Lol’ing at some folks tweeting that true Angelenos don’t even go to the Grove.
The fantastic news for The Grove is social media has a short attention span and horrible memory. So, @thegroveLA. Was the tweet worth it?
You've got terribly annoying email, Meg.
I’ve received another email from a “Los Angeles based hospitality group” that sends some of the most annoying emails ever. Annoying because 1) I don’t remember signing up to this e-mail list to begin with and 2) they continue to use deceiving subject line tactics with the hopes I’ll open the email.
This week’s fancy subject line of the marketing email was “question” — open the email and you’ll find 10 or so coupons and flyers for clubs around Los Angeles but no question. I unsubscribed from the list and lo and behold, and not an hour later, I get an email from John, who wrote the above mentioned group with the following:
Exactly WHAT is your question??????? These emails are so irritating.
If you really need to use that ploy to get people to open your emails – then its time to find someone else to handle your online marketing.
You guys are doing a super CRAPPY job ruining your brand by pissing off your customers.
This is about the 10th email with a subject line that is deceiving – so I’m going to opt out now from your email list.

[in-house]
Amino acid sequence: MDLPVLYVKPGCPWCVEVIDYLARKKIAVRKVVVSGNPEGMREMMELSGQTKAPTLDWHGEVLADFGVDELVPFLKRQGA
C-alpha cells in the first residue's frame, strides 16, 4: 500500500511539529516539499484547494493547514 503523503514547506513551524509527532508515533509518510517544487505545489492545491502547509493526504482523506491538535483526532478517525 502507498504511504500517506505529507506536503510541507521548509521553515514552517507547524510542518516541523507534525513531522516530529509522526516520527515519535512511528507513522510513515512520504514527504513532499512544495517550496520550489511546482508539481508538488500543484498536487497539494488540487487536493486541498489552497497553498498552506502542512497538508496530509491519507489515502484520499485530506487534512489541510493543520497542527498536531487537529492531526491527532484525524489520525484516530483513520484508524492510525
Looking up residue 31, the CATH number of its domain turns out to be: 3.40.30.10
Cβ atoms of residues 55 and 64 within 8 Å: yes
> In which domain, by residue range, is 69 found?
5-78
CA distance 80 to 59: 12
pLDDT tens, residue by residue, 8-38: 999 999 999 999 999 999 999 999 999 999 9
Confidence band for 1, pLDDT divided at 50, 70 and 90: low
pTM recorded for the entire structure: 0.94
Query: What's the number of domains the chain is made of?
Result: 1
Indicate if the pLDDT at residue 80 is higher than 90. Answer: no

What is a fibroid? I’d assume most guys like me have no idea…but the Fibroid Treatment Collective in Los Angeles has launched Fibroid Awareness Week from today through April 23rd to educate the public about the tumors affecting upwards of 50 percent of all women.
Fibroid tumors are benign (non-cancerous) growths that appear on the muscular wall of the uterus. In our “not safe for lunch” fact of the day around the office, the tumors can grow as large as a five month pregnancy. It’s true.
Guess what? Uterine fibroids can affect women of all ages, but are most common in those ages 40 to 50. There is no distinct cause for fibroids so Queen Tellem has been working with Bruce McLucas, MD, founder of the Collective and a board certified obstetrician and gynecologist, to get the word out about how to treat them.
There are several special events highlighting this week, including a Fibroid Treatment Seminar on Wednesday, April 21 in Pasadena at 6:00 p.m. PST and a Fibroid Treatment Webinar, Friday, April 23 at 5 p.m., PST. Both are free, and reservations can be made at www.fibroids.com. Nationally, women can also join a live chat on the same web site Monday through Friday from 9 a.m. – 5 p.m. PST.
Bruce McLucas, MD
From the doc:
We felt the best way to reach out to almost half the women around the world who may have symptoms of fibroids was by launching this annual observance and disseminating timely information about diagnosis and treatment. The Fibroid Treatment Collective was founded 12 years ago to educate women about fibroids and various treatment options.
Ok…now I can answer the question, so it’s time to get out there and spread the word!
Posted in Client News, Health Care
Tagged awareness, bruce mclucas, care, doctors, fibroid, fibroid treatment, health, Los Angeles, uterus, week